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lilstevey (4628)

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Journal of lilstevey (4628)

Friday September 08, 2006
03:39 AM

Into perl6 ( pugs )

[ #30925 ]
  1. look around docs in pugs-win32\docs Find getting started - looks like a good place to start

    "(This is mostly just a skeleton with a few key URLs; feel free to flesh it out, improve the formatting etc.)"

    Oh well, still a good starting place, I'll dig a little more

  2. There is an articles directory - tpr.pod. I'll just pause to make "Open" pod files associatte with perldoc. The article is a very good guide.

    Double click pugs.exe, and a prompt!

    pugs> say "hello erf"
    hello erf

    It may be simple, but its working perl 6 code.

  3. Further down the article now, it starts describing subroutene parameters - they look very nice, and also support defaults, named parameters and constraints via perl 6's type system. *splat* looks kinda cool too.

    everything seems pretty straightfoward until a "Lightweight closure syntax and the arrow operator" example - this appears a little foriegn at first sight:

    my $square = -> $x { $x * $x }; # use "->" to introduce args
    my @squares = map $square, 1 .. 10;

    I think, from reading the article futher that this means "taking in" so the above example says $square is a function, taking in $x, and the next line calls the square function using map, so that @squares is full of the following sequence 1,4,9 ... 100

    It strikes me that you need to know perl5 to get into perl6 at the moment - ineviatable I suppose, for the moment, but it may hamper adoption by a lot of people who didn't like perl 5 and didn't get into it for the very things that perl 6 fixes.
    This probably isn't high on @*todo though...

    Now its coming up to unicode operators, which is where pod on the terminal fails abysmally. Control codes just aren't as readable as there true forms.

    So falling back to the web, I try to find the original article, in a nice format so that I can see which unicode chars they are using. Casually flicking through the archives, I stumble across this article:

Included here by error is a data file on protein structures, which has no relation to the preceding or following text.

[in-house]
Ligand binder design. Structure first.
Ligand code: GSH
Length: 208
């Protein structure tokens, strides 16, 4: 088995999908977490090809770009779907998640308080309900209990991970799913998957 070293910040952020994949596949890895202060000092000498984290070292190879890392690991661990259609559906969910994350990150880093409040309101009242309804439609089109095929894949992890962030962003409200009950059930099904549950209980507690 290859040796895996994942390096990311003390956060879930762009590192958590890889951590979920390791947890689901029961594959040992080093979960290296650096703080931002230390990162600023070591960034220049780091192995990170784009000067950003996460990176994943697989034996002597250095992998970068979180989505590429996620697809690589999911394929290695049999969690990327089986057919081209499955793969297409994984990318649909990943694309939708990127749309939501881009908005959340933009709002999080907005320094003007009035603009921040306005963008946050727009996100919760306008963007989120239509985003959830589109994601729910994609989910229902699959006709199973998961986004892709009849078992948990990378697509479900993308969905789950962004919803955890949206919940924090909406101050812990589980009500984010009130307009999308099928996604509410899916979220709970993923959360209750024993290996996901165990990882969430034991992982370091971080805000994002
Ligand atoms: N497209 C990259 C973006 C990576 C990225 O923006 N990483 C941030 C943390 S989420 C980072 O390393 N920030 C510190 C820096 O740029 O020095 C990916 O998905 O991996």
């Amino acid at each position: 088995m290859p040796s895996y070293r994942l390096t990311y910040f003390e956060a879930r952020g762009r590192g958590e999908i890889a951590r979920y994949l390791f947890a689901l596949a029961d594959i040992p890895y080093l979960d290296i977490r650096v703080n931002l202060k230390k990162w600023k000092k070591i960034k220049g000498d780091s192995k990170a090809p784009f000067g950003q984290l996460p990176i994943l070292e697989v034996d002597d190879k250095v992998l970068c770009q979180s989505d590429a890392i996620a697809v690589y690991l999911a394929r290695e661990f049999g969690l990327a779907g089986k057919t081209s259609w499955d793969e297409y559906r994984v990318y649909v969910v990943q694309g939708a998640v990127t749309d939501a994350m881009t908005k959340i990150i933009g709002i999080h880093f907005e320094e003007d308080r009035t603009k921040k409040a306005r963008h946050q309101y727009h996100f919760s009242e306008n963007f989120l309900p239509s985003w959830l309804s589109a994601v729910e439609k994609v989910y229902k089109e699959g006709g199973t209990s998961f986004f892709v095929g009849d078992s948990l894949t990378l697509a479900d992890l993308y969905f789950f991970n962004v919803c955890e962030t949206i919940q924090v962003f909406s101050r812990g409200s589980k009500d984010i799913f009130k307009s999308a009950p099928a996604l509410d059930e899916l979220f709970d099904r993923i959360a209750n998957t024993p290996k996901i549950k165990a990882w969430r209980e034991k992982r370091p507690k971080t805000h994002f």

Which is about topics, and includes a bit on the arrows above. ( -> doesn't require parentheses around its parameter list, and it topicalizes its first parameter ). After about a third of the way through it starts using a lot of perl 6 syntax that doesn't look that familiar, so I think I need to come back to this later.

  4. maybe its time to write a simple perl6 program and get it to run. I'll start with something simple, in the docs - an old fashioned "type in" if you will:

    +-------%< %<-----------------+
    # Script to display hello world

    "Hello World".say();

    C:\perl6>pugs-win3 2\pugs.exe perl6code\
    Hello World


    Very Basic, but a start!

    And next:

    +-------%<  %<-----------------+
    # Squares example

    my $square = -> $x { $x * $x }; # use "->" to introduce args
    my @squares = map $square, 1 .. 10;



    C:\perl6>pugs-win32\pugs.exe perl6code\

    C:\Documents and Settings\Administrator\My Documents\perl\perl6>

So far no nasty spikes to discourage me from going back, and from reading the articles it does appear to be a very powerfull, expresive language.

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  • It strikes me that you need to know perl5 to get into perl6 at the moment

    What makes you say that? Anyone with knowledge of Smalltalk or Ruby or Lisp or the like (basically anything that has lists and closures) should be immediately familiar. In fact, they’ll have an easier time getting into the Perl 6 version, where you can specify a parameter, than the Perl 5 version, where you have to monkey with this bizarre $_ thing.

    • I should probably have been more carefull explaining the context of the remark - I was refering to what I perceived as the current state of documentation and articles about perl 6, rather than arrow operator or perl 6 in general.